How to Calculate the Concentration of a Chemical Solution

Ways to calculate a concentration of a chemical solution depend on the purpose for which the the calculation is necessary. As an example, a chemist might be interested in knowing a specie concentration while a pharmacy technician may only be interest in percentage concentration. As a result there is varying terminology and methods of determining chemical solution concentration depending on our needs. For this discussion, let us focus on some common ways to calculate chemical solution concentration.

The first method is percentage concentration. Percentage concentration for solutions can be expressed in two ways, namely: volume-in-volume (v/v) and weight-in-volume(w/v)percentage preparations.Volume-in-volume (v/v) percentage applies when the final product is a liquid. We show that the final product is a liquid by the “v” in the denominator. The constituent for which the percentage is being measured is also a liquid. That is why we have another “v” in the numerator. Make sure the units in the numerator and denominator are the same, e.g. L/L.

Weight-in-volume (w/v) percentage applies when the final product is a liquid. We indicate that the final product is a liquid by the “v” in the denominator. The constituent for which the percentage is being measured is a solid. That is why we have a “w” in the numerator. Make sure the units in the numerator are always in grams and milliliters in the denominator, whereas in volume-in-volume the units are the same.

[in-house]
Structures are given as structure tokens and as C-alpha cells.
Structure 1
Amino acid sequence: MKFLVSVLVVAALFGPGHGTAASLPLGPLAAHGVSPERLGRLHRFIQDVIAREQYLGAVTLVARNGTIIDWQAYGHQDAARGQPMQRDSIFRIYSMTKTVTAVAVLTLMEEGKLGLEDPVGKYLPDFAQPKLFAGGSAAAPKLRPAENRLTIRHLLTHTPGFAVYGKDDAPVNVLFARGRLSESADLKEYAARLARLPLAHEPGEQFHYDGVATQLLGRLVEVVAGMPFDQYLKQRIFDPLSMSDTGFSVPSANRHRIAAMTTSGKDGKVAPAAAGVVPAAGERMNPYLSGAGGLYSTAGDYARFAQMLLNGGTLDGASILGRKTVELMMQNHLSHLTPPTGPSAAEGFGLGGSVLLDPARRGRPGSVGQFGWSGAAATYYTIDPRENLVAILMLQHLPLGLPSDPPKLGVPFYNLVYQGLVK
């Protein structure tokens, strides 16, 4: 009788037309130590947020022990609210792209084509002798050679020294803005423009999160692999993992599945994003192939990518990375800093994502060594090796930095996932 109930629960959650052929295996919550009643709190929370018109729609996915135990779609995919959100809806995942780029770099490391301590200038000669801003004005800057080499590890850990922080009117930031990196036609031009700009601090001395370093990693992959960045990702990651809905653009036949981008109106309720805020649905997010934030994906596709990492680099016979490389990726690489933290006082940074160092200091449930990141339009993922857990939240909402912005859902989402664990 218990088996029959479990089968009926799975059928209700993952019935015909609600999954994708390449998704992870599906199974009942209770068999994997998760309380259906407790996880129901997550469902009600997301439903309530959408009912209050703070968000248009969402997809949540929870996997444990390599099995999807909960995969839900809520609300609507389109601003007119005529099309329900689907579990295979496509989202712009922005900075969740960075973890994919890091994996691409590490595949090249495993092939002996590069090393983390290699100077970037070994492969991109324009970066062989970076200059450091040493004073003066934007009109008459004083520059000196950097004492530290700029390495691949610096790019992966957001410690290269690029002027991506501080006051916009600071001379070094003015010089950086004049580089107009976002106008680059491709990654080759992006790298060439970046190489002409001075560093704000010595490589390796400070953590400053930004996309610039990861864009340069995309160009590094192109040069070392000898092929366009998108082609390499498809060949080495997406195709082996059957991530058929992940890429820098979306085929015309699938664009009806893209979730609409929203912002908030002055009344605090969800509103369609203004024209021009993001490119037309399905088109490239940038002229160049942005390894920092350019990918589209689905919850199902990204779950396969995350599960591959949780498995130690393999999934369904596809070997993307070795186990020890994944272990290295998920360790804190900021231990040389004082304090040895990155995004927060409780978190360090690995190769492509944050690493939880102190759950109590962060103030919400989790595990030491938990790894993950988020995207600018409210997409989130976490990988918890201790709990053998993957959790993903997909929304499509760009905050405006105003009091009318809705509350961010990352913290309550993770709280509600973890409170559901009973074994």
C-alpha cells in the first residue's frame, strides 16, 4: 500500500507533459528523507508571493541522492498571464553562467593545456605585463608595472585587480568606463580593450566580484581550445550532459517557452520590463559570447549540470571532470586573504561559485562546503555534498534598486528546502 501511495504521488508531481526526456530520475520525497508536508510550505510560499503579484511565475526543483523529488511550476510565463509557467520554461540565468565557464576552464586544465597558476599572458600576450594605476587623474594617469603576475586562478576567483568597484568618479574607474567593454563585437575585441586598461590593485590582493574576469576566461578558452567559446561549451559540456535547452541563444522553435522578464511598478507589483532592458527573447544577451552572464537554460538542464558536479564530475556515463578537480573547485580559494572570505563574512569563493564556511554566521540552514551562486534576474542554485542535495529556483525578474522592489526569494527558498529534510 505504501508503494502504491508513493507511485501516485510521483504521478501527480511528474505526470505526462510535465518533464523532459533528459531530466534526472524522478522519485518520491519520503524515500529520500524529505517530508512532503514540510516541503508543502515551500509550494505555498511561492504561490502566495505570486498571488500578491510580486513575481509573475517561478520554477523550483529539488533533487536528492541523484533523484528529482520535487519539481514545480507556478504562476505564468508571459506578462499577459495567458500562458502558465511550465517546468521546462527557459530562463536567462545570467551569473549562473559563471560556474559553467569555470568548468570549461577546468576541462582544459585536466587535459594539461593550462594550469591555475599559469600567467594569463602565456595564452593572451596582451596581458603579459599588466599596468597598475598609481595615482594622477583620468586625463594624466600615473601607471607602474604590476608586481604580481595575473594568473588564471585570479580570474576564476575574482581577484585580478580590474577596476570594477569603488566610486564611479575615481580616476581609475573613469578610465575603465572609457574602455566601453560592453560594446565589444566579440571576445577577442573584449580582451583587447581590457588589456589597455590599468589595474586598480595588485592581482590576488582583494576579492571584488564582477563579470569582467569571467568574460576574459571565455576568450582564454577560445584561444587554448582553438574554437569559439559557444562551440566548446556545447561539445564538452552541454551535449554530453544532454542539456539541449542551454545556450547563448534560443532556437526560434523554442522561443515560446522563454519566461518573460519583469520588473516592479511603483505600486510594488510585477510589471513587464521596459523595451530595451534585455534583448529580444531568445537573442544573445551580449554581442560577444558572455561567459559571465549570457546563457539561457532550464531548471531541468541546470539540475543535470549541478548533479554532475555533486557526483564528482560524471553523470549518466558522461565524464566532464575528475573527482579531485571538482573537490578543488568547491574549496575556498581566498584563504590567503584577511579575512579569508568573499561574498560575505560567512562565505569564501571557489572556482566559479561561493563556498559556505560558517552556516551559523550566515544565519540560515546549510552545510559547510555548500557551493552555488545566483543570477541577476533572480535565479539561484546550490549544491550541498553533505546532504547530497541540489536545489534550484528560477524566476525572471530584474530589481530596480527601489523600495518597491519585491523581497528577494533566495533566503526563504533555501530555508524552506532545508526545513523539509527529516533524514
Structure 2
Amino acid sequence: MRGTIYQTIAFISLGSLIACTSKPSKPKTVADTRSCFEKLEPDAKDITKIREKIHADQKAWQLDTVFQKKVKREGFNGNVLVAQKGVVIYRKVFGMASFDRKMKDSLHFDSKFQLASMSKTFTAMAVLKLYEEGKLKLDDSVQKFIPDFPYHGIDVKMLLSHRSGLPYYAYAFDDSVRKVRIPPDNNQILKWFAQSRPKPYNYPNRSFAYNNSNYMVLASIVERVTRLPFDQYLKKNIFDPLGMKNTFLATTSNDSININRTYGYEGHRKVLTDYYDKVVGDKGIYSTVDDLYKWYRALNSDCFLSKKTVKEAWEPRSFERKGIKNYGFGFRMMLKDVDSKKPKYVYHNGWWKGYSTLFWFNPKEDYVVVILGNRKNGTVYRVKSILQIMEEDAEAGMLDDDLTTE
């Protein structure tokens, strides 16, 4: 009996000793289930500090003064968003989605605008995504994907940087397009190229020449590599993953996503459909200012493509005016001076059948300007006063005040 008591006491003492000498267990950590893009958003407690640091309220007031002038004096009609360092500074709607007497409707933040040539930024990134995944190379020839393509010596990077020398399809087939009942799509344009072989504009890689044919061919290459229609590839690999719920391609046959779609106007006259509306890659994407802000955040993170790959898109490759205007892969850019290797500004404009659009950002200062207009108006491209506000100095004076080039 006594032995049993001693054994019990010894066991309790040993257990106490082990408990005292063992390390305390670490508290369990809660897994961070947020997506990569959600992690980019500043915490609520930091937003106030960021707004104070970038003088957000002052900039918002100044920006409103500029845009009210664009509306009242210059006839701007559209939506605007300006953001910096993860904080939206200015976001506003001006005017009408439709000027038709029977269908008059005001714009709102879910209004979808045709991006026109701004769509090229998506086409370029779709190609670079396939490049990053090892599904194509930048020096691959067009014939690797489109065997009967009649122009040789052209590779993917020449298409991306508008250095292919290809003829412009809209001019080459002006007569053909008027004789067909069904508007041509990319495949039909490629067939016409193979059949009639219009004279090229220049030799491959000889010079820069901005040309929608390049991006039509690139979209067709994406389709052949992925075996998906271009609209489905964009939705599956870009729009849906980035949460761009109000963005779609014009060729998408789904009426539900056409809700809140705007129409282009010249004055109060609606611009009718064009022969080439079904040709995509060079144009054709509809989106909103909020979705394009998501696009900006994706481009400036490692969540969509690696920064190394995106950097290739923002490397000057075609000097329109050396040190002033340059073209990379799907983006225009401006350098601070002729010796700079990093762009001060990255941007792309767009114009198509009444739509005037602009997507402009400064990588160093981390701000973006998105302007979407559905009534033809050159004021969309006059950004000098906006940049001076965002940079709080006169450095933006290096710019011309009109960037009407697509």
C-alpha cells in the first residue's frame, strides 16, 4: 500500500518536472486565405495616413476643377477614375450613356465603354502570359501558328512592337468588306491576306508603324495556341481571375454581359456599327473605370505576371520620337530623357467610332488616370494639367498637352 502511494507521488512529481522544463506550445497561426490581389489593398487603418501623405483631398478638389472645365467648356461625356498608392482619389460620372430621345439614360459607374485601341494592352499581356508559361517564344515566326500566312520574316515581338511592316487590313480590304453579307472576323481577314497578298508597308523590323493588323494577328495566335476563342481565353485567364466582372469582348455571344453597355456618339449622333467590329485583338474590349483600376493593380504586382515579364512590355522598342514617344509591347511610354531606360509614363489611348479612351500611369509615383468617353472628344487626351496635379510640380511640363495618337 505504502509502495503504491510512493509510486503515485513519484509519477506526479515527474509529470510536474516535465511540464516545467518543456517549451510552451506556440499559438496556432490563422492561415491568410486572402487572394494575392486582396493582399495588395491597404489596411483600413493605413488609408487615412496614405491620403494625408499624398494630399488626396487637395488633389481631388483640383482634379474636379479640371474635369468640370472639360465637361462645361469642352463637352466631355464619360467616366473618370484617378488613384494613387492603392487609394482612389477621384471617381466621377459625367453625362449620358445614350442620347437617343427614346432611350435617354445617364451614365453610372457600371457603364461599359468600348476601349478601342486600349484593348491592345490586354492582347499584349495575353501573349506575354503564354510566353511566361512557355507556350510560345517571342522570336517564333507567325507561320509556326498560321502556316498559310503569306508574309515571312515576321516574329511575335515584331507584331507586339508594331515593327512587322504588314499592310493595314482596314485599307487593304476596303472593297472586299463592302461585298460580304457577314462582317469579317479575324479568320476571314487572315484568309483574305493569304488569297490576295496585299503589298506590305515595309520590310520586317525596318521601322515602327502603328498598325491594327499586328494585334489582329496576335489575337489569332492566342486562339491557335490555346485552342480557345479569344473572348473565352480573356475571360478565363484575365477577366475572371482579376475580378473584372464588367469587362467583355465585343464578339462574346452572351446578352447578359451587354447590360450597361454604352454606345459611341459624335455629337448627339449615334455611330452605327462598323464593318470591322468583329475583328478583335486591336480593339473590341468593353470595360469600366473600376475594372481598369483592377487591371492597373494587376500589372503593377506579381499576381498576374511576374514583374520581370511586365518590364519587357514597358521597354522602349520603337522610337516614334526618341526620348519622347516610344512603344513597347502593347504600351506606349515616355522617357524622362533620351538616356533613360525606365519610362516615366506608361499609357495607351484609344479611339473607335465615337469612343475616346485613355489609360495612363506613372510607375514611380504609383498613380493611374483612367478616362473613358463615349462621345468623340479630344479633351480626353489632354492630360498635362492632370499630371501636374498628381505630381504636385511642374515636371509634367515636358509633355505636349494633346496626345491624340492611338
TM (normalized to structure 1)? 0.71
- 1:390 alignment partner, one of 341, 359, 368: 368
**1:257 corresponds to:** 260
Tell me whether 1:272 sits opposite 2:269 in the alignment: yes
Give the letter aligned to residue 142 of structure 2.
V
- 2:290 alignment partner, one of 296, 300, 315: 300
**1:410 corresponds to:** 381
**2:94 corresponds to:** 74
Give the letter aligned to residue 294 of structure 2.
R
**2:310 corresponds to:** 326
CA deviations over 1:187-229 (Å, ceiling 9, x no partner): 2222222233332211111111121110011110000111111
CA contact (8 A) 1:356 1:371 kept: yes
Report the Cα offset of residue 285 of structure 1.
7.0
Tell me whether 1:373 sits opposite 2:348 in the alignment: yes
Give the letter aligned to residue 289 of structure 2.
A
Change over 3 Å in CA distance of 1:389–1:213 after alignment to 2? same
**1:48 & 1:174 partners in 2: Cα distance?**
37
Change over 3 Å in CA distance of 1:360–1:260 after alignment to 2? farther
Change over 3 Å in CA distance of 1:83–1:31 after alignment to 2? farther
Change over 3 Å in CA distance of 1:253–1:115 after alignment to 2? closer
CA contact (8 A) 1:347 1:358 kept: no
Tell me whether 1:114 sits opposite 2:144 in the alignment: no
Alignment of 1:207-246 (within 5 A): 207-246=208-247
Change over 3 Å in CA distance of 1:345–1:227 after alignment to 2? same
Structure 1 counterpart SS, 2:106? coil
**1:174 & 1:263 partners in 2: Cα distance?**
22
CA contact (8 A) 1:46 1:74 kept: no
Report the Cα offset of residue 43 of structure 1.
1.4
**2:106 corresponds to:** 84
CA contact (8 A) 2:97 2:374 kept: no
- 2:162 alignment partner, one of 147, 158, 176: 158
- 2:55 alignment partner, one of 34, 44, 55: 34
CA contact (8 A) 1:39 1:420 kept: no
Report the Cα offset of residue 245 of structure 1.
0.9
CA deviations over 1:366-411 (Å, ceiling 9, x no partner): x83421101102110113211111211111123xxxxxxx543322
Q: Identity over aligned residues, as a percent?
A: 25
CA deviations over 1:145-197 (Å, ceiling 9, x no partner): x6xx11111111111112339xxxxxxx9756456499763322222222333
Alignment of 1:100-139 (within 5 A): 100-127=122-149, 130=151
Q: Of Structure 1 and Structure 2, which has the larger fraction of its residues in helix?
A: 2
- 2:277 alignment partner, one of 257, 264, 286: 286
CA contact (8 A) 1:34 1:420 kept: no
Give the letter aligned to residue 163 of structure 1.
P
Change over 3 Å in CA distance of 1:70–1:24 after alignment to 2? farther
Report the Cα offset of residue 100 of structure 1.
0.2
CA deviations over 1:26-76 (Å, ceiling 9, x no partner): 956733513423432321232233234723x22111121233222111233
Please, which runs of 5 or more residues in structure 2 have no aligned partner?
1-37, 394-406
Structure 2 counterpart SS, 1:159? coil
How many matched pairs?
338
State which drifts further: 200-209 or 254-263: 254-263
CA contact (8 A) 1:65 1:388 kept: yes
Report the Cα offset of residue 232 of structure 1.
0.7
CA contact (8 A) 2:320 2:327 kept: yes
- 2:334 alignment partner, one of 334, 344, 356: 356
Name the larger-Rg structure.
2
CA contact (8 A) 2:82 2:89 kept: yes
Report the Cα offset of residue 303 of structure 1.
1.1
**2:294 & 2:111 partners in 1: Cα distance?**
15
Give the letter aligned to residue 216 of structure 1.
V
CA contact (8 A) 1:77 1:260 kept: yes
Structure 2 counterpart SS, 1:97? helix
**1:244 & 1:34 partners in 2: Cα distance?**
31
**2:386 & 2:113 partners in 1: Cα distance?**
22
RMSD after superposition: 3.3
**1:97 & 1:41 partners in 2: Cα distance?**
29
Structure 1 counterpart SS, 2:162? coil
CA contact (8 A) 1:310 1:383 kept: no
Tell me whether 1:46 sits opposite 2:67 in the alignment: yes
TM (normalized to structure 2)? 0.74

Another way to calculate concentration of a chemical solution is by determining its Molarity (M). Sometimes chemists would like to go further than just determining the analytical molarity of a solution and find out the equilibrium molarity of a solution. The major difference between the two calculations is that the analytical molarity of a solution tells the total number of moles of a solute in one liter of solution regardless of the chemical state of the solute, while the equilibrium molarity refers to the molar concentration of a particular specie in a solution at equilibrium. The two expressions still tell us how many moles (or millimoles) of a solute we have in a liter(milliter of solution) of solution.

Recap on how to calculate the number of moles: First recall that 1 mole of a substance is equivalent to its molar mass. Use ratios to determine how many moles there are in the given mass of the substance in question.

As with percentage calculations keep track of the units. Molarity is moles per liter and whatever you do make sure you end up with these units.